The last time Kennedy came to Boston was in October 1963, a big fundraiser at the Commonwealth Armory for the Democrat governors of New England. His room was at the Boston Sheraton. He had his 19-year-old White House girlfriend Mimi Alford come up from Wheaton College. The president asked her to perform oral sex on his little brother, Sen. Ted Kennedy.

She declined.

Now, not far from the Sheraton, the state is planning to put up hundreds or thousands of illegal aliens from parts unknown, many of them no doubt criminals, very few of them planning to work anytime soon.

Does anyone think Jack Kennedy would think open borders was a good idea? He wasn’t that much of a liberal, after all.

You’re not supposed to talk about it, but he was a pal of Sen. Joe McCarthy. He gave $1,000 cash to Richard Nixon when he was running for the Senate in 1950. He voted against statehood for Hawaii.

He palled around with some of the biggest segregationists in Congress, all Democrats. He used to go down to pre-Castro Havana with Sen. George Smathers of Florida, another Democrat, and enjoy the finest hookers Meyer Lansky and Santo Trafficante had to offer.

He spent much of his time in Palm Beach, where blacks were prohibited by law from opening property until at least 1962.

In November 1951, Congressman JFK addressed the Boston Chamber of Commerce:

“We cannot abolish the poverty and want… There is just not enough money in the world to relieve the poverty of all the millions of this world… It is not only beyond our grasp, but is beyond our reach.”

The next year, while JFK was running for the Senate, the New Republic reported on a speech he gave at Harvard in which he said:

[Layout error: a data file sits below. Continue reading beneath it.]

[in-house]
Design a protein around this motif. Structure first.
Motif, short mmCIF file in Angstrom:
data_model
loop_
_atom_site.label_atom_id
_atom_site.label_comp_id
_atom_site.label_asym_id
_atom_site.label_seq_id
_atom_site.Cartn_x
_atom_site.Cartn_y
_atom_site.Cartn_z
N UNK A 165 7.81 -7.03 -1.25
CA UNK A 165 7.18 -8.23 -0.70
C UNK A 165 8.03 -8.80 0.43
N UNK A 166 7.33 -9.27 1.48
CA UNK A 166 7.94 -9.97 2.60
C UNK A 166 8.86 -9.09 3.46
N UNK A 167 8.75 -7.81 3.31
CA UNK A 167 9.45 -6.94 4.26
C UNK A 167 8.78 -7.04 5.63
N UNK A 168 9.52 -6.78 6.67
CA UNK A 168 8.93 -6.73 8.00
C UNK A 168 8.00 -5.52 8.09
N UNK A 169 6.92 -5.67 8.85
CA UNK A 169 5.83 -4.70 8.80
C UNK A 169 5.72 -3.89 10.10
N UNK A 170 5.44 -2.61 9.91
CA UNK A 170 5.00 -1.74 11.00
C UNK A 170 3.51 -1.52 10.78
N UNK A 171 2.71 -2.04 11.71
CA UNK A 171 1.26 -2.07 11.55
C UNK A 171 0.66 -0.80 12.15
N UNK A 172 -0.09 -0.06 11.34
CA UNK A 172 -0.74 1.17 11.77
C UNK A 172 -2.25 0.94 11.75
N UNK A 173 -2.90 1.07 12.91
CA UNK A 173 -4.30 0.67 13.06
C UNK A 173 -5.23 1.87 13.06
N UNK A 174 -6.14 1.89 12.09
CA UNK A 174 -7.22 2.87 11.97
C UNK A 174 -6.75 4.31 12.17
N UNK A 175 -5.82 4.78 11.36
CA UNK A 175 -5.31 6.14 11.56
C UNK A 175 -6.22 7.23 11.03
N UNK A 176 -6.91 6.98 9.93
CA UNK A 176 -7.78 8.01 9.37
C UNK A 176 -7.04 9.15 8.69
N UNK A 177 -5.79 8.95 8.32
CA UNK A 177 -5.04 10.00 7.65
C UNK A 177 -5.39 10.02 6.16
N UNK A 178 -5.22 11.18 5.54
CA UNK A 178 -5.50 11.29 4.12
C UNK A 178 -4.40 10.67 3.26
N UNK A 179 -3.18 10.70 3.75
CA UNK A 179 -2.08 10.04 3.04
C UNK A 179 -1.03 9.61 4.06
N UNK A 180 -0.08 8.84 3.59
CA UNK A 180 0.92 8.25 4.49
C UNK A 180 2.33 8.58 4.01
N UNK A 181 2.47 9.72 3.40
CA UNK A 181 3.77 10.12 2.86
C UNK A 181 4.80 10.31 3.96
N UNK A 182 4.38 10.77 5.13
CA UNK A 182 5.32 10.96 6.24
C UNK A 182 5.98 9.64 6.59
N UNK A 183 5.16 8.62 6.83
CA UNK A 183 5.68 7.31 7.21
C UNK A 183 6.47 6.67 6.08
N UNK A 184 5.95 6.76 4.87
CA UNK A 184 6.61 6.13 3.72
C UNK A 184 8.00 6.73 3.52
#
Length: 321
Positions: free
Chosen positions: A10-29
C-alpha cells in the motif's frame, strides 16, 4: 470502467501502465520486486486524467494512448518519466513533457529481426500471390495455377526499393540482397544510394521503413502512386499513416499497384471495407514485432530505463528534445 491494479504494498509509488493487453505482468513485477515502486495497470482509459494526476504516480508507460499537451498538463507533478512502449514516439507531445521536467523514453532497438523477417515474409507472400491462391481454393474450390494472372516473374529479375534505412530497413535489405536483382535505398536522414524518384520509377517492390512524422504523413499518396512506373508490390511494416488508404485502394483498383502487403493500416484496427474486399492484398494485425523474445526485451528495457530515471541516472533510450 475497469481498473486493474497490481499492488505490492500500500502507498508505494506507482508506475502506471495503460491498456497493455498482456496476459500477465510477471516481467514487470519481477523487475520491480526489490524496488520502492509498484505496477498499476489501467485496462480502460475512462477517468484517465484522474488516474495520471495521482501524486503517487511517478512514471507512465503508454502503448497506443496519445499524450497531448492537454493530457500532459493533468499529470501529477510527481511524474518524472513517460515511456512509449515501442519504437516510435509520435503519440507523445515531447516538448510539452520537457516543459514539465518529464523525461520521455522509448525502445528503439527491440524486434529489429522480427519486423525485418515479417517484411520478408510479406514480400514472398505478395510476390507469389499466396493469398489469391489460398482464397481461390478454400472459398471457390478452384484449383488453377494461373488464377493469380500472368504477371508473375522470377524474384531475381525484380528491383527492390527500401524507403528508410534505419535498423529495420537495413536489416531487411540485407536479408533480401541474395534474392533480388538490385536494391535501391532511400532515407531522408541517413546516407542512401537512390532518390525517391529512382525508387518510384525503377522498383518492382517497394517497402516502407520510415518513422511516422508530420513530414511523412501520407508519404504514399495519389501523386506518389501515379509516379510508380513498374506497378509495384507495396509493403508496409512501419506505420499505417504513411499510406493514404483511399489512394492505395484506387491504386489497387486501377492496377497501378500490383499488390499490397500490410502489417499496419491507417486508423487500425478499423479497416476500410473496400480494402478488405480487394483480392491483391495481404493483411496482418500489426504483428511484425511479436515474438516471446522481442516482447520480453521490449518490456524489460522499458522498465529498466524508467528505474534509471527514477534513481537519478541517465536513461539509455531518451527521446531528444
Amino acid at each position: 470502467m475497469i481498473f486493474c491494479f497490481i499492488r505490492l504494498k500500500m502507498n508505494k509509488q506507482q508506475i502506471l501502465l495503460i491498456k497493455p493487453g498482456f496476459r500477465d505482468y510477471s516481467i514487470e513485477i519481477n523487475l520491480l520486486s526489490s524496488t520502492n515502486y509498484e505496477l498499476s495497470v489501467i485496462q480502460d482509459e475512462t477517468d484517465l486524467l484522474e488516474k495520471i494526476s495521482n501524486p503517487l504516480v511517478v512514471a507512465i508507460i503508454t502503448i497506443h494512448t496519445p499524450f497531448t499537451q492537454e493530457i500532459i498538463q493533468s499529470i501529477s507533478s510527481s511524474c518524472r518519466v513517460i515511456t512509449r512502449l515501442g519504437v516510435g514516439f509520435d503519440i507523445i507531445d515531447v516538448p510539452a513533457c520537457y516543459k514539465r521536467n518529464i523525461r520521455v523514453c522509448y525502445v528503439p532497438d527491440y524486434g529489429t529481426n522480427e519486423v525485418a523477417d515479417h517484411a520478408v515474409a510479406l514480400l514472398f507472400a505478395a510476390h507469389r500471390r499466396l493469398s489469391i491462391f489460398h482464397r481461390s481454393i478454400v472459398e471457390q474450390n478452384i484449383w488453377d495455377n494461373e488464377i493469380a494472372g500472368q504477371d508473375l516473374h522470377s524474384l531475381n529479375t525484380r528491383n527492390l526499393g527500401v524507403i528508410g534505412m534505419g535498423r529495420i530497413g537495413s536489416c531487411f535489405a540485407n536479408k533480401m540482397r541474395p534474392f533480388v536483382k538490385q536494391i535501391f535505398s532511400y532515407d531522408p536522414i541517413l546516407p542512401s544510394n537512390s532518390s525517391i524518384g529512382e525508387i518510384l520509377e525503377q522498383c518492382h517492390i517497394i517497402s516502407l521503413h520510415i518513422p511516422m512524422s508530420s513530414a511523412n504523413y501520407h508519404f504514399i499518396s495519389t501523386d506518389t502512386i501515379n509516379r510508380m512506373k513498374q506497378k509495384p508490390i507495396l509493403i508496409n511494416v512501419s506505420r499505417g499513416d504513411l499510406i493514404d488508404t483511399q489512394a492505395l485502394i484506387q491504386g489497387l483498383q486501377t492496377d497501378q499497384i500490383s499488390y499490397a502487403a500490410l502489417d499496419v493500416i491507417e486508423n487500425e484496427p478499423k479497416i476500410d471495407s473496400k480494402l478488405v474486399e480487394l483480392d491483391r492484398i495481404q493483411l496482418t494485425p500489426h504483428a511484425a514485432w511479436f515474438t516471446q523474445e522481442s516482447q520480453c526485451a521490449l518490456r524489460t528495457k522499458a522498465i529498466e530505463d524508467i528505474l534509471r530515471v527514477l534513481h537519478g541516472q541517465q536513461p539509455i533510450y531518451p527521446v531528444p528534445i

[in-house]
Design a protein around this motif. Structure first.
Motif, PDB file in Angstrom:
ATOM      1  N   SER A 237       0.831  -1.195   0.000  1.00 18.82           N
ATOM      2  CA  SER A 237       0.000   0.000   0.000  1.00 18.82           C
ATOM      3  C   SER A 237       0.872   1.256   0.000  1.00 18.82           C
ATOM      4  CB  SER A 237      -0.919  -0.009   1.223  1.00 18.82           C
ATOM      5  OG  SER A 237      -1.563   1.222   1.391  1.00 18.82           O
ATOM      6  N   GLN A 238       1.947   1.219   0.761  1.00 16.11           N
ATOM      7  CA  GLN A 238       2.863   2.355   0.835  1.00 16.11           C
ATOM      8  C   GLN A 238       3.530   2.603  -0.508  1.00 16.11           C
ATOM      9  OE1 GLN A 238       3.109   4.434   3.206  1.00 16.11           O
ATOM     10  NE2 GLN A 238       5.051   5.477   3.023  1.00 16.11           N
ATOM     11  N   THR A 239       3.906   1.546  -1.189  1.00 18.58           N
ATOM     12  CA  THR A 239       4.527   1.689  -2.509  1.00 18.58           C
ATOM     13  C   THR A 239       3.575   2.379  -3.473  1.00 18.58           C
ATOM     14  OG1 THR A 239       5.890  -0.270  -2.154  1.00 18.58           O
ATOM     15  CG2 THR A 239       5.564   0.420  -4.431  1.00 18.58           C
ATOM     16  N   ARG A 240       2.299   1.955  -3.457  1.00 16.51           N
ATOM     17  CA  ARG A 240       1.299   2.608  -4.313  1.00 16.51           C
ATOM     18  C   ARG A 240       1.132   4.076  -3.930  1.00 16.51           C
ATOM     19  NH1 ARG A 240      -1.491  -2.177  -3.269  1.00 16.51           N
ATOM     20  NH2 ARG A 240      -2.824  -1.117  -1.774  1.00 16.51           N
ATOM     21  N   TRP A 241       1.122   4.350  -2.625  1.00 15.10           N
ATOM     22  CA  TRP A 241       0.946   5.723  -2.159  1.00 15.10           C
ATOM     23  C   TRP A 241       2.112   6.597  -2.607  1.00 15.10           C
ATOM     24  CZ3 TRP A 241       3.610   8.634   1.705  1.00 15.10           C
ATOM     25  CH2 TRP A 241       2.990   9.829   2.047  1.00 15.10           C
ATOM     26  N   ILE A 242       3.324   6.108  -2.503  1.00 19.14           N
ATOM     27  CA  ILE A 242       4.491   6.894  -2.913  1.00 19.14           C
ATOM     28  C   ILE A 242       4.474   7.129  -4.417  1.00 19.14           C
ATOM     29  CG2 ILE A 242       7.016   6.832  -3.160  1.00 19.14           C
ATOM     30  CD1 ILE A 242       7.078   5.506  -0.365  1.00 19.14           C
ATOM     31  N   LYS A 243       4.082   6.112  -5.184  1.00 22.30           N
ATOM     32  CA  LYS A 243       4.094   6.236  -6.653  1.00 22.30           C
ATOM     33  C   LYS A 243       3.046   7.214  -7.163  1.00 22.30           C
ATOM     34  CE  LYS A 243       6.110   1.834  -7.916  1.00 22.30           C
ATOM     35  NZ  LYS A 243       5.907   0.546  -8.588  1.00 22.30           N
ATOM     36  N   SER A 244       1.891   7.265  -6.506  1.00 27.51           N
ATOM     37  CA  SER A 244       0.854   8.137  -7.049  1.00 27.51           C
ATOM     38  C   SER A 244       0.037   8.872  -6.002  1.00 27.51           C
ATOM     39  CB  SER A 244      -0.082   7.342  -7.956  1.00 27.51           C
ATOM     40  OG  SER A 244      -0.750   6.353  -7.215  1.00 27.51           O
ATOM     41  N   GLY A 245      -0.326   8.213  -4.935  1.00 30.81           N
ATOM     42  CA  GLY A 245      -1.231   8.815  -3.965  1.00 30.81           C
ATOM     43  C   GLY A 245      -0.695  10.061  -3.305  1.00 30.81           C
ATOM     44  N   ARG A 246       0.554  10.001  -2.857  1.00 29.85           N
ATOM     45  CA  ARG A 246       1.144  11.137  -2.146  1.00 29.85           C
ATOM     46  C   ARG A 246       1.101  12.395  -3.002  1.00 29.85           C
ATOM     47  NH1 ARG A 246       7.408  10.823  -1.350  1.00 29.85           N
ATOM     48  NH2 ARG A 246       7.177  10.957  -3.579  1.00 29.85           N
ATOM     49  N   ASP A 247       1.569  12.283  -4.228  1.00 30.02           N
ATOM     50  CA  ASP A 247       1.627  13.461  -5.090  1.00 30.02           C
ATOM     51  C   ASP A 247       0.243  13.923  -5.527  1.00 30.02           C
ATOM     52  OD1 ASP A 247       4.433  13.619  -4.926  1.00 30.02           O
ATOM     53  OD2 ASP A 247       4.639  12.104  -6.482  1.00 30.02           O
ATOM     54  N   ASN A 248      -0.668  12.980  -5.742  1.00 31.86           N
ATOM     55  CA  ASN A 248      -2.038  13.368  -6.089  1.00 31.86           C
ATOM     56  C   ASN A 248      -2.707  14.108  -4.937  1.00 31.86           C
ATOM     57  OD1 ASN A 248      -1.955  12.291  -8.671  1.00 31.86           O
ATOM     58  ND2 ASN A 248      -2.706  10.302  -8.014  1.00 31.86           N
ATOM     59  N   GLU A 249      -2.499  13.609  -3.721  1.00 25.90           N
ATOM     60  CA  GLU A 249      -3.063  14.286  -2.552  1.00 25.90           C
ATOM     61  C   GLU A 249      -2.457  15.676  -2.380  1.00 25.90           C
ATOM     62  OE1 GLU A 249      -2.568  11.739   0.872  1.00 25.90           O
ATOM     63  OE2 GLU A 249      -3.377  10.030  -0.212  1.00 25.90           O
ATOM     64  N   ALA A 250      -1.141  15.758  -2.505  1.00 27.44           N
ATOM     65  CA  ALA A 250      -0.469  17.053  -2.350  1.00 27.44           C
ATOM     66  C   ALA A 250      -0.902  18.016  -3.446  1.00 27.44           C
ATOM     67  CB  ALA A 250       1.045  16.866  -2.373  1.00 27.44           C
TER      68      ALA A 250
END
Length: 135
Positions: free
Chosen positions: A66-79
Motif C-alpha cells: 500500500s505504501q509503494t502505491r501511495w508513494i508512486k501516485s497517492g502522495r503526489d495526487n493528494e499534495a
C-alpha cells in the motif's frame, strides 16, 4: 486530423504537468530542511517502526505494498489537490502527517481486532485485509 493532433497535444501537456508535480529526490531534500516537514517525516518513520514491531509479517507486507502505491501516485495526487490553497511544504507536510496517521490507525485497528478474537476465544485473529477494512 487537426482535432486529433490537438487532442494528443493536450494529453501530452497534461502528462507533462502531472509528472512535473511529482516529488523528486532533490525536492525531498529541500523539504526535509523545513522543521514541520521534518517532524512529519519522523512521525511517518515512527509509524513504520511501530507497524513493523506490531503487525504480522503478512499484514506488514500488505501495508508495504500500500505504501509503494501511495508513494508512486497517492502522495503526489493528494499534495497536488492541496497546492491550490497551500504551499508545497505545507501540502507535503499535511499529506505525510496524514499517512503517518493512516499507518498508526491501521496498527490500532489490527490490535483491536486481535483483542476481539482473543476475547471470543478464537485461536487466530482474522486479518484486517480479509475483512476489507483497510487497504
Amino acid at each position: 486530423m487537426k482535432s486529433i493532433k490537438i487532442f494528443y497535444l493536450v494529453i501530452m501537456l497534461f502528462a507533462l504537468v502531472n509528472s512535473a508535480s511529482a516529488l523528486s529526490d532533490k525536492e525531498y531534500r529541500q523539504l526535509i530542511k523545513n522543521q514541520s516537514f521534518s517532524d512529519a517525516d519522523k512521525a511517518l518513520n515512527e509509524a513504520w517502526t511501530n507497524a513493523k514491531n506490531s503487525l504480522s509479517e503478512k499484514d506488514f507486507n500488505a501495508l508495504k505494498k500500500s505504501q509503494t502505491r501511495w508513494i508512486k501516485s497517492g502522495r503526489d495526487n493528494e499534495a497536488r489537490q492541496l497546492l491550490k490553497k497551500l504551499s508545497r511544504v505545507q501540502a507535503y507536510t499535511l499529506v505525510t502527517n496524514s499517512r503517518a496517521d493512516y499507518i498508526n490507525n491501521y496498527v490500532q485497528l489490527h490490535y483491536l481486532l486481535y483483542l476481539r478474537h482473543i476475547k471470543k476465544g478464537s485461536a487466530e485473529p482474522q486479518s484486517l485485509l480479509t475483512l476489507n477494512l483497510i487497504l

“… that he could see no reason why we were fighting in Korea, he thought that sooner or later we would ‘have to get all those foreigners off our backs’ in Europe… that he rather respected Joe McCarthy and thought he ‘knew Joe pretty well, and he may have something….”

Sixty years later, they’re not making Democrats like John F. Kennedy anymore. And whatever his shortcomings were, that’s too damn bad.

America was a lot better country before he was shot, and the Democrats were a lot better party.

(Order Howie’s new book, “Paper Boy: Read All About It!” at or 

U.S. President John Kennedy flashed this big smile while conferring with Chancellor Konrad Adenauer of West Germany on Nov. 22, 1961 at the White House in Washington. The Chief Executive and his family plan to leave later today to spend Thanksgiving Day at Hyannis Port. (AP Photo/Bryon Rollins)

The limousine carrying mortally wounded President John F. Kennedy races toward the hospital seconds after he was shot in Dallas, Tx., Nov. 22, 1963. With secret service agent Clinton Hill riding on the back of the car, Mrs. John Connally, wife of the Texas governor, bends over her wounded husband, and Mrs. Kennedy leans over the president. (AP Photo/Justin Newman)

Lee Harvey Oswald sits in police custody shortly after being arrested for assassinating U.S. President John F. Kennedy in Dallas, Texas, Nov. 22, 1963. Oswald was shot and killed two days later by Jack Ruby, a local club owner, as he was being transferred to a city jail. (AP Photo)